Smith also makes clever use of the fragmentary evidence available to him. Smith did not have access to copious official statistics to make his case. He had to peer into the past using an incomplete written record. In this sense, although an economist, Smith had to make use of the same techniques that we use to interpret texts. This frequently involved reasoning about the motivation and context of writing in order to infer what might have been going on.
Examining classical scholars, in one amusing aside, Smith critiques an ancient maxim that vineyards are the most profitable agricultural improvement by pointing out that the very insistence that it was profitable (when perfectly done) seemed to suggest that there was actually a great deal of dispute about when it was a good idea. Who were the vineyard-proponents arguing with such that the case had to be constantly re-iterated?
That the vineyard, when properly planted and brought to perfection, was the most valuable part of the farm, seems to have been an undoubted maxim in the ancient agriculture, as it is in the modern through all the wine countries. But whether it was advantageous to plant a new vineyard, was a matter of dispute among the ancient Italian husbandmen, as we learn from Columella. He decides, like a true lover of all curious cultivation, in favour of the vineyard, and endeavours to show, by a comparison of the profit and expence, that it was a most advantageous improvement. Such comparisons, however, between the profit and expence of new projects, are commonly very fallacious; and in nothing more so than in agriculture. Had the gain actually made by such plantations been commonly as great as he imagined it might have been, there could have been no dispute about it.
In another section, Smith refers to written charters of rights for citizens of European towns, which included minimal family and property rights, as evidence that the previous institutional arrangements were probably barbaric and close to slavery (even if he lacked direct accounts of those circumstances):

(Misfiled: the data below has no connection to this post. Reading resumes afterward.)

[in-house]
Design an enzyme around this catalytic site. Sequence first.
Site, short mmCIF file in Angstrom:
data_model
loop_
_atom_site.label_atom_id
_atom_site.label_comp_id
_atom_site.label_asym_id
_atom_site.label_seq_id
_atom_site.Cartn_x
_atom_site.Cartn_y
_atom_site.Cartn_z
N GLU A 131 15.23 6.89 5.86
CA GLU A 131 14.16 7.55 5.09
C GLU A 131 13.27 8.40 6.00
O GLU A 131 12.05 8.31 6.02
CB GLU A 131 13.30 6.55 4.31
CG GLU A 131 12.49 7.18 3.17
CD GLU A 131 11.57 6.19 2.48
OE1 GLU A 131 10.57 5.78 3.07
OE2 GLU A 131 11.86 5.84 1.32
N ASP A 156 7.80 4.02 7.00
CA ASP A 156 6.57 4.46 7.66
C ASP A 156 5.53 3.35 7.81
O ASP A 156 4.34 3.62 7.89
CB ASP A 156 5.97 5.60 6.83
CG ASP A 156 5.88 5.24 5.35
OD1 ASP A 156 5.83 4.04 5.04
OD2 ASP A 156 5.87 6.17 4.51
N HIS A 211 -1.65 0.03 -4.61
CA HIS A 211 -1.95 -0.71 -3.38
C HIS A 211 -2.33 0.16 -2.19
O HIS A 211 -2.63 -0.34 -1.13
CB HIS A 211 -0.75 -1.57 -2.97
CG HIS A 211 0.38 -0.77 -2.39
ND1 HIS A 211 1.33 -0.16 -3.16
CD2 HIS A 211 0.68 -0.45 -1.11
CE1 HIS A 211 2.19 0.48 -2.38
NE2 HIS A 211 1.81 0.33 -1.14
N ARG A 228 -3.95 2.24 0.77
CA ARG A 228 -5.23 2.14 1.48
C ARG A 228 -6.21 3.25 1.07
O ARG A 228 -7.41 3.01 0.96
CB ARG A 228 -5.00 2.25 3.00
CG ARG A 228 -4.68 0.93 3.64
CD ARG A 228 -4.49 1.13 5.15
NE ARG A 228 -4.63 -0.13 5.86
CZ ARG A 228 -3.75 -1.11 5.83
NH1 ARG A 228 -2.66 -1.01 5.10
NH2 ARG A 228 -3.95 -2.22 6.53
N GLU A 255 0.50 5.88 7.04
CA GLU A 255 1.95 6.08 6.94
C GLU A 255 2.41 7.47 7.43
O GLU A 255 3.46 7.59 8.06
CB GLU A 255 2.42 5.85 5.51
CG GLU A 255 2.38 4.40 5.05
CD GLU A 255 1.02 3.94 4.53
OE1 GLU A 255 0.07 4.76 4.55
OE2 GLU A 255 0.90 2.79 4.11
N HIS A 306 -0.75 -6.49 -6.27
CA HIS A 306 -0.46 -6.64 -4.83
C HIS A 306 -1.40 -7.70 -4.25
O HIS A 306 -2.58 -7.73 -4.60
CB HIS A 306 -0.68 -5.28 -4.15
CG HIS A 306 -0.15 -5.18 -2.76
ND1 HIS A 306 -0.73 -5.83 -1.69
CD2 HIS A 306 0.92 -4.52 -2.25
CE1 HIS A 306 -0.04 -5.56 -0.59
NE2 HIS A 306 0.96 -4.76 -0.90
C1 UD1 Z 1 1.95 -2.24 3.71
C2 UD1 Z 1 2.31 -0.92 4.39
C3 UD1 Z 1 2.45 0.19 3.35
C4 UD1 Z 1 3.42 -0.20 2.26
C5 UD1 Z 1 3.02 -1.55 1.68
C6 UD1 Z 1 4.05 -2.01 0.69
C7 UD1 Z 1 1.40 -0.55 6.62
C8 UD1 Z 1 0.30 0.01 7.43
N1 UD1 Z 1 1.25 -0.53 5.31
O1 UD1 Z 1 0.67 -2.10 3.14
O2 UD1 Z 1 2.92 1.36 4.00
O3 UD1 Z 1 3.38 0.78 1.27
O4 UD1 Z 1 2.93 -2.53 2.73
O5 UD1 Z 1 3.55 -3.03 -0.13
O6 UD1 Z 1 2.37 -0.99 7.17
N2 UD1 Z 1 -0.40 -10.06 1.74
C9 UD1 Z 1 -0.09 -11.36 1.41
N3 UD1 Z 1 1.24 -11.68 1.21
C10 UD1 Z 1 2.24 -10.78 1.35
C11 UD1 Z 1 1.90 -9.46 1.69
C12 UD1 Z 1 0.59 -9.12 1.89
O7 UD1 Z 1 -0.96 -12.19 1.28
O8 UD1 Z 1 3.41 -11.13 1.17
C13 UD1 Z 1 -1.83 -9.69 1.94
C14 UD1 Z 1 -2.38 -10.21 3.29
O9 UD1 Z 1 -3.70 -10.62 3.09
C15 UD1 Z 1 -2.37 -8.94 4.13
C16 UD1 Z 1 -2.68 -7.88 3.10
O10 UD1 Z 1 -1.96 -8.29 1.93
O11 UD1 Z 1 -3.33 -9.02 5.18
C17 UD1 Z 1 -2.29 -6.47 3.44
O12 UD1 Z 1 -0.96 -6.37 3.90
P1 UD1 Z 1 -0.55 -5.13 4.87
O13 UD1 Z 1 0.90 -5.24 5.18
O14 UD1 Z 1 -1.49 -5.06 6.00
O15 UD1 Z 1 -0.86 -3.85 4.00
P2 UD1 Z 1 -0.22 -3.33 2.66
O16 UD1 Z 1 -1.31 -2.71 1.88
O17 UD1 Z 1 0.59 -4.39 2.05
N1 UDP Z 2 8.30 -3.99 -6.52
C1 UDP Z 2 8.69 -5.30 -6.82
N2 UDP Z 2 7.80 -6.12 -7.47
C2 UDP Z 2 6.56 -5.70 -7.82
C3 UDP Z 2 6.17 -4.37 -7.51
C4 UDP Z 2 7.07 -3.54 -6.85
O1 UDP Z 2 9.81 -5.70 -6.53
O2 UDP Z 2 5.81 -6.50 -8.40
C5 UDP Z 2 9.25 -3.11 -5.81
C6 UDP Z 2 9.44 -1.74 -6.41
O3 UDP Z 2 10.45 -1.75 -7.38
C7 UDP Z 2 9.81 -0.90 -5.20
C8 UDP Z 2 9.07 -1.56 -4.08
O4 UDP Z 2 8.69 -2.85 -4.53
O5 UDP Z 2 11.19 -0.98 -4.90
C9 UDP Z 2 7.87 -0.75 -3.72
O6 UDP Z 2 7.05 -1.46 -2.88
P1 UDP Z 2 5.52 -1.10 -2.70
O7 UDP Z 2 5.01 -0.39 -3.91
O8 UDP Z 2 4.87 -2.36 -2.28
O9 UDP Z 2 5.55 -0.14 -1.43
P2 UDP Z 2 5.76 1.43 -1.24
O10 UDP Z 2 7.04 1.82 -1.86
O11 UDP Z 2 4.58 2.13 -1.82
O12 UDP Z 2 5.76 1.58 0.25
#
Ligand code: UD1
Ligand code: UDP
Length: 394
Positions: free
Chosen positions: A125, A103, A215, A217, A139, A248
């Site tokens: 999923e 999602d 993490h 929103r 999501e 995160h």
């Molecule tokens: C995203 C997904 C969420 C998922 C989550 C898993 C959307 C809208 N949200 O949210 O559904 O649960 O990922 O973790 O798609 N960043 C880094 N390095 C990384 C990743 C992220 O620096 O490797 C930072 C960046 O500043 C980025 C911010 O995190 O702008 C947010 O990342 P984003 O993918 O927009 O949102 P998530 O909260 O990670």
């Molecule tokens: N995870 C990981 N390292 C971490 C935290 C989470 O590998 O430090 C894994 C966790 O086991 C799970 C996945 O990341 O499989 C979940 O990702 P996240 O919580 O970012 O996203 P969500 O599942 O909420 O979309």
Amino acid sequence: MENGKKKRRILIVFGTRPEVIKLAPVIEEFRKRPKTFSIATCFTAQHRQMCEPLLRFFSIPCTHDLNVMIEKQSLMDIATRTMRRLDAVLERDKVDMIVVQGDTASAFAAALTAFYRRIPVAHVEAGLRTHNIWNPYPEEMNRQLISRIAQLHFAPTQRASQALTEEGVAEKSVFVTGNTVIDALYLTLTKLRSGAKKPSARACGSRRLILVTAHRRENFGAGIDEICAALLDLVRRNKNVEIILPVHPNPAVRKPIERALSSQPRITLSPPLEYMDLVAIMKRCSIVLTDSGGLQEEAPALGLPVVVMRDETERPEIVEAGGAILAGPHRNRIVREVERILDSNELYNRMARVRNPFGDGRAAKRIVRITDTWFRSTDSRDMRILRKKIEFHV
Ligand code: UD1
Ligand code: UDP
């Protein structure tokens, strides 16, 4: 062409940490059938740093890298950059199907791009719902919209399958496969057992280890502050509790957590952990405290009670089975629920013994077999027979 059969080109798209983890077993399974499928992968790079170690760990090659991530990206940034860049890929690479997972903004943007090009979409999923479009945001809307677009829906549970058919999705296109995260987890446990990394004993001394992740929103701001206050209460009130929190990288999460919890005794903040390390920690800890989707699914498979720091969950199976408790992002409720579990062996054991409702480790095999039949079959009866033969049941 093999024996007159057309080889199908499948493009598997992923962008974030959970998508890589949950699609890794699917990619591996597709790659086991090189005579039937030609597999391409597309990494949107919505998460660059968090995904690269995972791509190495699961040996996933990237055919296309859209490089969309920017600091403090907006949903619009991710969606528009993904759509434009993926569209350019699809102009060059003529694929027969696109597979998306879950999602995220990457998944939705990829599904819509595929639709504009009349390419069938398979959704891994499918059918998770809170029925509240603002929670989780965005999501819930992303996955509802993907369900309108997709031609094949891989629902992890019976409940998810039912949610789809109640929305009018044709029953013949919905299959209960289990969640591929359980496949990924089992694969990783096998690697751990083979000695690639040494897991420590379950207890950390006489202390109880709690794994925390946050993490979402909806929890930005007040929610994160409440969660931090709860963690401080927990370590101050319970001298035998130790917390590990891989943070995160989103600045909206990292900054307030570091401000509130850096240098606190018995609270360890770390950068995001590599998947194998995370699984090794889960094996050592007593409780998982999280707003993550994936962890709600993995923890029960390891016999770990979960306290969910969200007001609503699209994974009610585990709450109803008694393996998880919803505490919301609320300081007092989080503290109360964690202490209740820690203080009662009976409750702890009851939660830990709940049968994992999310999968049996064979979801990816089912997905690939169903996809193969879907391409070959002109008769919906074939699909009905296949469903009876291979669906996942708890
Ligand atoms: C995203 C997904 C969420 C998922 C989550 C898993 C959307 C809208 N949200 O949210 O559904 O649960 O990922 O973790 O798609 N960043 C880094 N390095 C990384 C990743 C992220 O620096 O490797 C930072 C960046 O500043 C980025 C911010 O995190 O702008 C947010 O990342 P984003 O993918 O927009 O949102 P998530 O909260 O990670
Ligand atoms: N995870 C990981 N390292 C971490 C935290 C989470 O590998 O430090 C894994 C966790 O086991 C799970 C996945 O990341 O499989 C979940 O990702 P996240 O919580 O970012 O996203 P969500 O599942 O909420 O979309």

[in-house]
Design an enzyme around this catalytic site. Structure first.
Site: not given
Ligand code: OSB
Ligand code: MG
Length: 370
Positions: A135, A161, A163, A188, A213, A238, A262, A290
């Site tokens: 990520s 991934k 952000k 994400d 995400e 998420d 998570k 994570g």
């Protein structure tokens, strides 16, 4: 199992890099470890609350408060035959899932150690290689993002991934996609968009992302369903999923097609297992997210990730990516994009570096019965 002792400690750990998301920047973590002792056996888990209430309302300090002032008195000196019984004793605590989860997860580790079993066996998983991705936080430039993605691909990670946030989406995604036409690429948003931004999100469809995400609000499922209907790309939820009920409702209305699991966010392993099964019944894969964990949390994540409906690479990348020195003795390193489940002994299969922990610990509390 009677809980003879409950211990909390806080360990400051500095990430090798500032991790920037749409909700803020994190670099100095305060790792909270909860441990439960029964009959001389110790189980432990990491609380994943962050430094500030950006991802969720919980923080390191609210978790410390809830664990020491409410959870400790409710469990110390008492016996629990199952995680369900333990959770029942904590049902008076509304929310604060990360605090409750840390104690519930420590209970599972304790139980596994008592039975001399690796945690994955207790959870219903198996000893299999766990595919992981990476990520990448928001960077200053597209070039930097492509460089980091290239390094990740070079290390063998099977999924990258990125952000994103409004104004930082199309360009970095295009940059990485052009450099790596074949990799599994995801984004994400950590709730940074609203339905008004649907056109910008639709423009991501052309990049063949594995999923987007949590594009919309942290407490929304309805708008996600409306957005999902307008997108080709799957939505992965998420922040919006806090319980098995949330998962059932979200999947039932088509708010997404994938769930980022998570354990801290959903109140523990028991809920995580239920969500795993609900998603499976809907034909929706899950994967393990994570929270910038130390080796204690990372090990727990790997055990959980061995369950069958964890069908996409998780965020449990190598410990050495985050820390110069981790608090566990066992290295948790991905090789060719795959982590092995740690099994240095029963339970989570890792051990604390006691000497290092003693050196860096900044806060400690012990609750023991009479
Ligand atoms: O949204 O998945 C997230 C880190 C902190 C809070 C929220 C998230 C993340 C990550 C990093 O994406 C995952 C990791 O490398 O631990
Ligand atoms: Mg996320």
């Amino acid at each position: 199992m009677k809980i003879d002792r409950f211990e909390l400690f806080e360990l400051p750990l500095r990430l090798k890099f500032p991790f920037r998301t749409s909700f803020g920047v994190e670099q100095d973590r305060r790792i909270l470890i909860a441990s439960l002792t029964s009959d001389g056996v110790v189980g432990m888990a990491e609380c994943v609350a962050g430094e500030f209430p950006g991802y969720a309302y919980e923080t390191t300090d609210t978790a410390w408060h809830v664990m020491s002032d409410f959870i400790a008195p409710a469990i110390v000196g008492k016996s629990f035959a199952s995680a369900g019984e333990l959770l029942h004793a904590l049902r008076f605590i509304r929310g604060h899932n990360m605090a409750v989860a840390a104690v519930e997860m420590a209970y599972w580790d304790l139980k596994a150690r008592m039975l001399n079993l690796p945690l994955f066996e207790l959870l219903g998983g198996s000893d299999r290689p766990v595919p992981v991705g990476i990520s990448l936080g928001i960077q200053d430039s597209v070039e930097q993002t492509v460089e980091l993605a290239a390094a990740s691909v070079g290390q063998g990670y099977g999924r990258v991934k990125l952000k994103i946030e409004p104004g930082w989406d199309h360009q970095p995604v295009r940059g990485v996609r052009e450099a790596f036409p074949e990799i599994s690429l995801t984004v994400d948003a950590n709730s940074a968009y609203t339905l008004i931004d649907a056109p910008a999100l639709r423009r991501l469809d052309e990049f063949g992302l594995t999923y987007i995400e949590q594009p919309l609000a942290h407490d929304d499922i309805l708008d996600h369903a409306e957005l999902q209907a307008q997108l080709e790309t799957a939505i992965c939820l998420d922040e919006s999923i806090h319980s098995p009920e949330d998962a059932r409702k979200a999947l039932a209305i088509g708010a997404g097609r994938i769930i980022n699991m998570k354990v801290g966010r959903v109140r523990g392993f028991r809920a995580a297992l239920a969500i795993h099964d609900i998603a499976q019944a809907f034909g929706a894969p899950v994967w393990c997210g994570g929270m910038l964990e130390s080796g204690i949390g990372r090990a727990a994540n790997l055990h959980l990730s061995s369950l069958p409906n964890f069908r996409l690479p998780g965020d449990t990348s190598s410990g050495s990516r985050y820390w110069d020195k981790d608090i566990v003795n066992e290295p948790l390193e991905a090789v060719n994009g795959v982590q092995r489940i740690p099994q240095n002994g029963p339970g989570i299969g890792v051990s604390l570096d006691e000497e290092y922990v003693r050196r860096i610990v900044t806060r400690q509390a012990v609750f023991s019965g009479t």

After the fall of the Roman empire… the proprietors of land seem generally to have lived in fortified castles on their own estates, and in the midst of their own tenants and dependants. The towns were chiefly inhabited by tradesmen and mechanics, who seem in those days to have been of servile, or very nearly of servile condition. The privileges which we find granted by ancient charters to the inhabitants of some of the principal towns in Europe sufficiently shew what they were before those grants. The people to whom it is granted as a privilege that they might give away their own daughters in marriage without the consent of their lord, that upon their death their own children, and not their lord, should succeed to their goods, and that they might dispose of their own effects by will, must, before those grants, have been either altogether or very nearly in the same state of villanage with the occupiers of land in the country.
Both these examples are speculative, inferential leaps (my interpretive leaps, and if I am anything like correct, Smith’s own leaps in abductive reasoning). But Smith’s theory, and his frequent reference to the institutions that his contemporaries could observe help to bolster his historically engaged case that the advance of commercial society ameliorated mass poverty and helped undermine the arbitrary rule of local lords and aristocrats.
Blau has recently edited a book, Methods in Analytical Political Theory, now available for pre-order (and if you are associated with a university, to recommend to a librarian). For anyone based in London, there is a book launch with an interesting series of speakers hosted at King’s College London on 29th June.